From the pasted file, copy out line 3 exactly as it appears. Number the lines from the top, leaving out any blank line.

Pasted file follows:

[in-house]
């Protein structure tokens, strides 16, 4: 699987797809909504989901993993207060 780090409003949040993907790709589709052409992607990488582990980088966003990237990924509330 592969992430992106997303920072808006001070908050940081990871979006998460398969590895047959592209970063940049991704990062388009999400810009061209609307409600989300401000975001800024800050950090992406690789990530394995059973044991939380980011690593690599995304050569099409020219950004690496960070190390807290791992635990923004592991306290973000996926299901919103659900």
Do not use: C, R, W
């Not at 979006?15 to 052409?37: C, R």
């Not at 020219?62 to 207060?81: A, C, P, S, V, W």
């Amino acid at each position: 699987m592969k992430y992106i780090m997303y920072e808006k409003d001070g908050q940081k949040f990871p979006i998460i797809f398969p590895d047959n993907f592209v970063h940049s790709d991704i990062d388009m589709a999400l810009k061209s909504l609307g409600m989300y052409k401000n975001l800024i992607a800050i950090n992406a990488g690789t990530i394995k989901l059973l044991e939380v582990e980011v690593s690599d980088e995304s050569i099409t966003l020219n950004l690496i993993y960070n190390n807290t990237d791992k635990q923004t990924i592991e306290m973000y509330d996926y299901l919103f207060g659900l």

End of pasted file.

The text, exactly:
Do not use: C, R, W